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8 March, 2011 - 11:15 By Staff Reporter

TeraView seeks £2m to exploit opportunity

Don-Arnone-2007_001

TeraView in Cambridge is seeking to raise £2 million to exploit a game-changing opportunity in multi-billion dollar mobile phone and tablet personal computer markets identified through an alliance with Intel.

TeraView specialises in 3D imaging and spectroscopic systems that exploit the properties of terahertz technology.

The company is set to hire key sales staff in Cambridge and Asia and long-term will be opening global offices to leverage the opportunity created through the Intel collaboration on a new inspection tool for the semiconductor industry.

CEO Don Arnone revealed to Business Weekly how Intel’s approach for a specific solution had acted as a catalyst for a twin-headed attack by TeraView on the semiconductor segment and also the solar cell inspection market, although that may be a longer-term play.

He expects the new paradigm to help TeraView double or even triple revenues in the not-too-distant future.

Arnone said: “The new fundraising is a direct result of the Intel alliance. It’s great that such exciting opportunities have opened up as a direct result of a customer coming to us for a solution to a problem; it’s a whole new dynamic.

“Intel and ourselves co-developed a next generation high resolution terahertz time domain reflectometry unit designed for studying package interconnects. It answers the need in the mobile and tablet segments for more power and functionality within integrated circuits.

“The unit currently offers sub 10 micron resolution, which is an order of magnitude better than the current millimetre wave systems. Options exists to improve the resolution further. Customers want one micron or below. We’re working on it. There’s much more headroom in our technology development.

“Intel was an early identifier of the capabilities of Terahertz and built a roadmap around the new tool; now we are talking to non-Intel customers. There has been a lot of interest in taking the tool – notably from the Far East.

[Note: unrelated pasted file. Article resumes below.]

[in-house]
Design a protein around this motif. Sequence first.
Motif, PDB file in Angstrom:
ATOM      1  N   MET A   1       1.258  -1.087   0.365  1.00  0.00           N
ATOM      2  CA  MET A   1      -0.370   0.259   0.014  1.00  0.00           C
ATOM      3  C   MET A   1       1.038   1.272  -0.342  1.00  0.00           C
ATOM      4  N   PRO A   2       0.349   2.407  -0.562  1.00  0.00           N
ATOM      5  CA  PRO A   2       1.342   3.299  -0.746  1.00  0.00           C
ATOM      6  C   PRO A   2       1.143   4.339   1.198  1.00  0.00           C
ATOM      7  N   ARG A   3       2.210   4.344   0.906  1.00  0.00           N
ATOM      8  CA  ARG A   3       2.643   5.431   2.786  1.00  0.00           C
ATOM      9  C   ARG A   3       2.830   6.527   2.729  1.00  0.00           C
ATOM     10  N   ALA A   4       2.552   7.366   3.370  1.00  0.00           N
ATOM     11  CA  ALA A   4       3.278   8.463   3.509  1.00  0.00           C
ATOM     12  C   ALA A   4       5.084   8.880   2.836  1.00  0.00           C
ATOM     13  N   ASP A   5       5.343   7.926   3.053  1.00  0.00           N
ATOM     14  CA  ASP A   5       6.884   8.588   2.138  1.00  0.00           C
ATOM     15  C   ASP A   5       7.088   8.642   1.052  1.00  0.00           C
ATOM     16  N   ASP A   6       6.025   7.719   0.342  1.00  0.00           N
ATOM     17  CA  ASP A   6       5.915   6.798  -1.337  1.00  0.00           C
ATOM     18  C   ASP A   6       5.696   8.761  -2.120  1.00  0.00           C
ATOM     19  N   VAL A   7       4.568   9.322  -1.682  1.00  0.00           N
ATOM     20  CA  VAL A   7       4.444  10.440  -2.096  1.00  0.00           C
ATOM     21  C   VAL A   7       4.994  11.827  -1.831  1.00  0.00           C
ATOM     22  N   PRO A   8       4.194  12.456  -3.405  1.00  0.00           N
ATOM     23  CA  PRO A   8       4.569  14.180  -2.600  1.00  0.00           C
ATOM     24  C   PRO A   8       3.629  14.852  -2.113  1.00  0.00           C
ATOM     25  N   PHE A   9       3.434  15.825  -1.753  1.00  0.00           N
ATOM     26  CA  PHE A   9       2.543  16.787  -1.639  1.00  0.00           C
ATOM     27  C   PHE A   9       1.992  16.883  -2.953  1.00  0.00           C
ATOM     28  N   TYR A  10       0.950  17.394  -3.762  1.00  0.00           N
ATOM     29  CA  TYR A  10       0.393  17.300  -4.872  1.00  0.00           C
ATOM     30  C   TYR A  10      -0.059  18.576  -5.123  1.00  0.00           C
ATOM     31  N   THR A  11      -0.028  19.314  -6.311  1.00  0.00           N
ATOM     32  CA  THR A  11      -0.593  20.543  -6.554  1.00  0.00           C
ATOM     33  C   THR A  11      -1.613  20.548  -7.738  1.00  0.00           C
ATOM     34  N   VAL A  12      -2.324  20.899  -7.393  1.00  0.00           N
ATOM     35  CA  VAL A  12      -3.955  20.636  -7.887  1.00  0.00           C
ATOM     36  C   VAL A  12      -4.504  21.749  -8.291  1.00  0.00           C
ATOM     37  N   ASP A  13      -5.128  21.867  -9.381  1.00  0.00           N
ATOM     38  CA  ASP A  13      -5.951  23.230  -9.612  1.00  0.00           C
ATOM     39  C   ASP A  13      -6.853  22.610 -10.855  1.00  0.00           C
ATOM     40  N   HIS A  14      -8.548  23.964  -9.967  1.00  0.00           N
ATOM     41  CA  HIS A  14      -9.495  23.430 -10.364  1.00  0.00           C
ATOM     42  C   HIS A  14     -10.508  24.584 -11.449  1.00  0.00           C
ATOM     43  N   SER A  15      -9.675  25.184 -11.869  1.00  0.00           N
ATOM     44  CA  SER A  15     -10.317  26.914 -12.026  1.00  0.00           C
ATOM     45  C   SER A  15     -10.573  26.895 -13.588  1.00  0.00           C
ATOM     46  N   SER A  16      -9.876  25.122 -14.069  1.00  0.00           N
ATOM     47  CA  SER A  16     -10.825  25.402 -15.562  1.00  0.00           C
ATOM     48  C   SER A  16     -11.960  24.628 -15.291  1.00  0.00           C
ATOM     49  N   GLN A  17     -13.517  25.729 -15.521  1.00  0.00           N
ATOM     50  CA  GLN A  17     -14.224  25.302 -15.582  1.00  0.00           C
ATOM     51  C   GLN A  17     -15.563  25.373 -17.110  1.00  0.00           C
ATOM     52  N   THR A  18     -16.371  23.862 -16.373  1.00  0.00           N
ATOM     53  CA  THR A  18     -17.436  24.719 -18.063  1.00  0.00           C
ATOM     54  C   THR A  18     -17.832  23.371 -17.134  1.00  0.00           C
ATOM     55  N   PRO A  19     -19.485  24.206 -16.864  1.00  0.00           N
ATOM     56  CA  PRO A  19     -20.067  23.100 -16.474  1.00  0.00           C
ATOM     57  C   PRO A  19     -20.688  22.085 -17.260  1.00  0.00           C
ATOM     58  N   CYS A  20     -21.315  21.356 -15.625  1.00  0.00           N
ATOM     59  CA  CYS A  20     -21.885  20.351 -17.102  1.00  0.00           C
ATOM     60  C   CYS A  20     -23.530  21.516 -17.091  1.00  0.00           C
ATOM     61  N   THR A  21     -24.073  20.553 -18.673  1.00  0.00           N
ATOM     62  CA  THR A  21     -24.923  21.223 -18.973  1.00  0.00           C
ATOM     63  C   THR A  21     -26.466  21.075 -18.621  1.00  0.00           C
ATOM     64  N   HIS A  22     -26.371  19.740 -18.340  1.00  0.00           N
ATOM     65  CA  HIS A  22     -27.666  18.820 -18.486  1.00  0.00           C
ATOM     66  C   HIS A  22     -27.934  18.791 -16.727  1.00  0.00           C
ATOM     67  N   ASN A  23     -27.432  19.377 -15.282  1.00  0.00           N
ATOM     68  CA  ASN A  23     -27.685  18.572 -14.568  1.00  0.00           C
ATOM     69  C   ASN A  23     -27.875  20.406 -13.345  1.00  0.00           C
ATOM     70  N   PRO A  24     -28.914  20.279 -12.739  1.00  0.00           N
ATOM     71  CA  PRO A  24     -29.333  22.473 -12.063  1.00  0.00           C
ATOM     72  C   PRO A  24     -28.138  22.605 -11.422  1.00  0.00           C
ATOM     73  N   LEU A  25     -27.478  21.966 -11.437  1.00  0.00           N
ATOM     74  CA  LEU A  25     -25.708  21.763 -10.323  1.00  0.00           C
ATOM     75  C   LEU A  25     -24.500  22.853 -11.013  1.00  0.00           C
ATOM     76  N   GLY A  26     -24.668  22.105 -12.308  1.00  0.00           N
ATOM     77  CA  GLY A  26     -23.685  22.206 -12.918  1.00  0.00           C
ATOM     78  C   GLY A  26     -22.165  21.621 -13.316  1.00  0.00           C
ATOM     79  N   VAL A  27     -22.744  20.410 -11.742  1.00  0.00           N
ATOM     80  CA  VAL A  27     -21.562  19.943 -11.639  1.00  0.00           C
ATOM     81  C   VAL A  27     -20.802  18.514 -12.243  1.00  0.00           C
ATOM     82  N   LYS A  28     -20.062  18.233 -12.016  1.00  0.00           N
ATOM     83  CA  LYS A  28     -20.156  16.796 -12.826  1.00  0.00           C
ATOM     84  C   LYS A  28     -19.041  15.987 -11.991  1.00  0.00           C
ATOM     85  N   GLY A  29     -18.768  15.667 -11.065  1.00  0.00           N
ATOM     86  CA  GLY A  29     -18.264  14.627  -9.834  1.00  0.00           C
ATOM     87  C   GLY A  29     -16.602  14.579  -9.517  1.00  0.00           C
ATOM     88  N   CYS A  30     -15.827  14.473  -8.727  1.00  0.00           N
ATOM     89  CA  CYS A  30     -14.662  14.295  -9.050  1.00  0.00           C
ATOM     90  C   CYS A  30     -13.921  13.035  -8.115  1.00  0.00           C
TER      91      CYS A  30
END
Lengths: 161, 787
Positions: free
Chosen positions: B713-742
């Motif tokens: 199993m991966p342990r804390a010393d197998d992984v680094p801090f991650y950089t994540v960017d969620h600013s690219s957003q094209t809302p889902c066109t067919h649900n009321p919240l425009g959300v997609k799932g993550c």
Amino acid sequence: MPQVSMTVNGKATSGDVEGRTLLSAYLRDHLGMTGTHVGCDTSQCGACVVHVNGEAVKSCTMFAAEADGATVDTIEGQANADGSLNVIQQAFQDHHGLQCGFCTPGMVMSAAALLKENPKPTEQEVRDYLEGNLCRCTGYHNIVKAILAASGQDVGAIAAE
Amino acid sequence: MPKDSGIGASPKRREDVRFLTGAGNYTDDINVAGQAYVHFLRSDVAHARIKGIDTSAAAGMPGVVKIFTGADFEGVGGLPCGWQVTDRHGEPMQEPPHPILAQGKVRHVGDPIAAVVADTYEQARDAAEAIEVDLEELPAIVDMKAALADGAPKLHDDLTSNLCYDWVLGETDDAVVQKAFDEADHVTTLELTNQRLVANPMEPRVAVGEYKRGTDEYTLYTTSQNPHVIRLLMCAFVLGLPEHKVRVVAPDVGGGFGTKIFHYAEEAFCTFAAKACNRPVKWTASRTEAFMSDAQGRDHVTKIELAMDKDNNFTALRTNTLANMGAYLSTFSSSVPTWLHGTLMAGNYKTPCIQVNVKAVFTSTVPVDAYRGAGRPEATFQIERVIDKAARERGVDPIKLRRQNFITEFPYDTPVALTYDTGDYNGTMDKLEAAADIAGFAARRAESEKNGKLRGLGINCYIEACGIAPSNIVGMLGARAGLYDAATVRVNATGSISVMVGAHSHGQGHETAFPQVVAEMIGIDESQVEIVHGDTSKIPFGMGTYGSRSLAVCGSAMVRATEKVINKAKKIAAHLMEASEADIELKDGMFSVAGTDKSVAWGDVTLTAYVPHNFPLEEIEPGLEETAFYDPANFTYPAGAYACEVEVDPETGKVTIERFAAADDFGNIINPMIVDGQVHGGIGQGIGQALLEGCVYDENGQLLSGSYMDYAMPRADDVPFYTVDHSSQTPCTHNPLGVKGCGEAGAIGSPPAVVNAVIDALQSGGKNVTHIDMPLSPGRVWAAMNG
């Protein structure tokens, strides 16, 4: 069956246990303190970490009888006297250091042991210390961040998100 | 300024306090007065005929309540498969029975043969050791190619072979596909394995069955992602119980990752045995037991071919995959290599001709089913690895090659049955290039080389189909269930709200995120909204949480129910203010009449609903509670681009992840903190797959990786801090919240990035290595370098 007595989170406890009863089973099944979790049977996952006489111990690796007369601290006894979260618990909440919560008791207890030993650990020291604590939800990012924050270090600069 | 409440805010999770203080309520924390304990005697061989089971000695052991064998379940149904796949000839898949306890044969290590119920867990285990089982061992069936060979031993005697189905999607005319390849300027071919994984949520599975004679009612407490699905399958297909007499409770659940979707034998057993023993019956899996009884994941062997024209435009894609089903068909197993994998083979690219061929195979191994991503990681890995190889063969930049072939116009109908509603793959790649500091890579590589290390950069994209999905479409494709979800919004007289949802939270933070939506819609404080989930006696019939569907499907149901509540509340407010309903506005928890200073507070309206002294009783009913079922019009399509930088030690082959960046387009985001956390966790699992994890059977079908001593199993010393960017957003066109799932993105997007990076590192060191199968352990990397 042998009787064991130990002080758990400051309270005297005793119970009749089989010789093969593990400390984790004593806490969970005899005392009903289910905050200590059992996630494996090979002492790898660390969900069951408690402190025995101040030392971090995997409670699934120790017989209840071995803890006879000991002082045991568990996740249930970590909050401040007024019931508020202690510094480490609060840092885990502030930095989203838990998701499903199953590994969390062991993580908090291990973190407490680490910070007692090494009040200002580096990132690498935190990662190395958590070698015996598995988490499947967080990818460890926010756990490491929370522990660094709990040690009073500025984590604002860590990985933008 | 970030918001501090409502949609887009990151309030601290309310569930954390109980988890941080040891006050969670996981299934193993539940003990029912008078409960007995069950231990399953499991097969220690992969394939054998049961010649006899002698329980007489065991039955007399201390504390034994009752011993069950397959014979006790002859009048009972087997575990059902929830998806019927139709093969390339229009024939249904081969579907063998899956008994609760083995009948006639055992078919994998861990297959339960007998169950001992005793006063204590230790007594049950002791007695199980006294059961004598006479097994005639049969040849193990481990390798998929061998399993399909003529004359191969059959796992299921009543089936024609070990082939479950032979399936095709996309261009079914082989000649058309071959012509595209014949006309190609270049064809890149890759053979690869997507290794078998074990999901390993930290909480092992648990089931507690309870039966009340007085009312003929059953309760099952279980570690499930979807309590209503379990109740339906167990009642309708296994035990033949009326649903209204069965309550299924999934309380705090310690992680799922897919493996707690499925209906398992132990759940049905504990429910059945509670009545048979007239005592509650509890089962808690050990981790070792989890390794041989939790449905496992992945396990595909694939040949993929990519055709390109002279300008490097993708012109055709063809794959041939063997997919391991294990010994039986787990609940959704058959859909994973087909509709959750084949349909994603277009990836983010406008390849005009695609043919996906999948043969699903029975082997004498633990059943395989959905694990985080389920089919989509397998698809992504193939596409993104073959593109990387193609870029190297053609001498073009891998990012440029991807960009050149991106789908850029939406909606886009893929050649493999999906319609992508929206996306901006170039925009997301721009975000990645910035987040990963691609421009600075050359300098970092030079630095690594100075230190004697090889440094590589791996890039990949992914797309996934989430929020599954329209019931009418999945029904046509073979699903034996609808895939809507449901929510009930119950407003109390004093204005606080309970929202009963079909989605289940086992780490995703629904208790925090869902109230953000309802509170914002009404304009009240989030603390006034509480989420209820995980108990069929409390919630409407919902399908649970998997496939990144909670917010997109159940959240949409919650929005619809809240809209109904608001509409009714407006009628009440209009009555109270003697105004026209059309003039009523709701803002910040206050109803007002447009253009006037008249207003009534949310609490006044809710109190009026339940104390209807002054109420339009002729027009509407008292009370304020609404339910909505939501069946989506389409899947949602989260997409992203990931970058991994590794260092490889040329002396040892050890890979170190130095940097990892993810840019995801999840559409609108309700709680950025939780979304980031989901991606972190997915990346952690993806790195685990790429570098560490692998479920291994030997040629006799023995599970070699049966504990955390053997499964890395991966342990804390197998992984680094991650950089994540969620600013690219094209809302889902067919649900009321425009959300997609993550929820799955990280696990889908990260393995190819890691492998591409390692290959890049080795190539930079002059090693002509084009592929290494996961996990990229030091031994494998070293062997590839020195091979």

“We are in discussions with a lot of the major semiconductor players globally and are talking to existing and new investors to raise the capital to strengthen our technical and commercial teams in Cambridge as well as the far East and US.

“We have a product and now we need to improve our sales capabilities to maximise the opportunity. That applies here in Cambridge and also in Asia in the short term – further afield in the longer term.

“We have adopted an extremely focused model for growth. Taiwan represents the biggest single opportunity as it has the majority of companies involved in integrated circuit manufacture. Then we will target China, Korea and Japan – probably in that order.

“A few opportunities have presented themselves in different markets that we decided not to target because we didn’t want to scatter-gun.”

Still only around 20 people in Cambridge, TeraView clarly has the potential to double headcount in quickfire time. Its investment model is also interesting.

The company is in dialogue with with existing investors and new backers – but these are not just VCs. “We are also talking to companies and customers of ours who recognise the potential of this product. You’ve just seen Samsung set up a London office and it is no coincidence that a lot of big American technology players are in Cambridge and the UK looking at corporate venturing opportunities.